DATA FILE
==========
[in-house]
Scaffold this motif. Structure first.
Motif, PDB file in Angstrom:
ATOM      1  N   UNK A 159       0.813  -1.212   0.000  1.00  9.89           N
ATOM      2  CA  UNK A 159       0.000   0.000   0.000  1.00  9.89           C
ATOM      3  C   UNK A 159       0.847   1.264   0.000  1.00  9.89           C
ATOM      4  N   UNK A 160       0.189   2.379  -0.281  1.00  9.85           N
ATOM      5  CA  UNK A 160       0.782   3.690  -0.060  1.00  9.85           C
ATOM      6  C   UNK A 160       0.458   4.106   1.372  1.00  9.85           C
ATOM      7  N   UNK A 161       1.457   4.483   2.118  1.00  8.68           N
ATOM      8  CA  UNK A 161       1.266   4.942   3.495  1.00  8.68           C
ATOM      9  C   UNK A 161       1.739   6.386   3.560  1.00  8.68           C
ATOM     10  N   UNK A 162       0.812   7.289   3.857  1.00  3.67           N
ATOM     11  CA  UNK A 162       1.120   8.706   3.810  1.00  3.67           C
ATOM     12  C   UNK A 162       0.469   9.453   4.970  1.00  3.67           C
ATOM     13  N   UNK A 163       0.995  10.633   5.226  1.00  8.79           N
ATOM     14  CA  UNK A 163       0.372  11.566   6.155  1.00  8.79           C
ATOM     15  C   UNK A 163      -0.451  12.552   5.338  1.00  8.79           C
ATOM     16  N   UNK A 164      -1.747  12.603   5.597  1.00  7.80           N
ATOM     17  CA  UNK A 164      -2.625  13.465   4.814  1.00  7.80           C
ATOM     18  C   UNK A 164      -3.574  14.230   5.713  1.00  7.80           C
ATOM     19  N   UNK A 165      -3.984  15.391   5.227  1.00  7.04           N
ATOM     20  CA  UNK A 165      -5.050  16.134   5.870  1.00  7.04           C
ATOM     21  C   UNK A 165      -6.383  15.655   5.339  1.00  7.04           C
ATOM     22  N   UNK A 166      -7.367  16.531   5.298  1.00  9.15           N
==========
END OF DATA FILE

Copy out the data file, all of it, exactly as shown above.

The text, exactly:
[in-house]
Scaffold this motif. Structure first.
Motif, PDB file in Angstrom:
ATOM      1  N   UNK A 159       0.813  -1.212   0.000  1.00  9.89           N
ATOM      2  CA  UNK A 159       0.000   0.000   0.000  1.00  9.89           C
ATOM      3  C   UNK A 159       0.847   1.264   0.000  1.00  9.89           C
ATOM      4  N   UNK A 160       0.189   2.379  -0.281  1.00  9.85           N
ATOM      5  CA  UNK A 160       0.782   3.690  -0.060  1.00  9.85           C
ATOM      6  C   UNK A 160       0.458   4.106   1.372  1.00  9.85           C
ATOM      7  N   UNK A 161       1.457   4.483   2.118  1.00  8.68           N
ATOM      8  CA  UNK A 161       1.266   4.942   3.495  1.00  8.68           C
ATOM      9  C   UNK A 161       1.739   6.386   3.560  1.00  8.68           C
ATOM     10  N   UNK A 162       0.812   7.289   3.857  1.00  3.67           N
ATOM     11  CA  UNK A 162       1.120   8.706   3.810  1.00  3.67           C
ATOM     12  C   UNK A 162       0.469   9.453   4.970  1.00  3.67           C
ATOM     13  N   UNK A 163       0.995  10.633   5.226  1.00  8.79           N
ATOM     14  CA  UNK A 163       0.372  11.566   6.155  1.00  8.79           C
ATOM     15  C   UNK A 163      -0.451  12.552   5.338  1.00  8.79           C
ATOM     16  N   UNK A 164      -1.747  12.603   5.597  1.00  7.80           N
ATOM     17  CA  UNK A 164      -2.625  13.465   4.814  1.00  7.80           C
ATOM     18  C   UNK A 164      -3.574  14.230   5.713  1.00  7.80           C
ATOM     19  N   UNK A 165      -3.984  15.391   5.227  1.00  7.04           N
ATOM     20  CA  UNK A 165      -5.050  16.134   5.870  1.00  7.04           C
ATOM     21  C   UNK A 165      -6.383  15.655   5.339  1.00  7.04           C
ATOM     22  N   UNK A 166      -7.367  16.531   5.298  1.00  9.15           N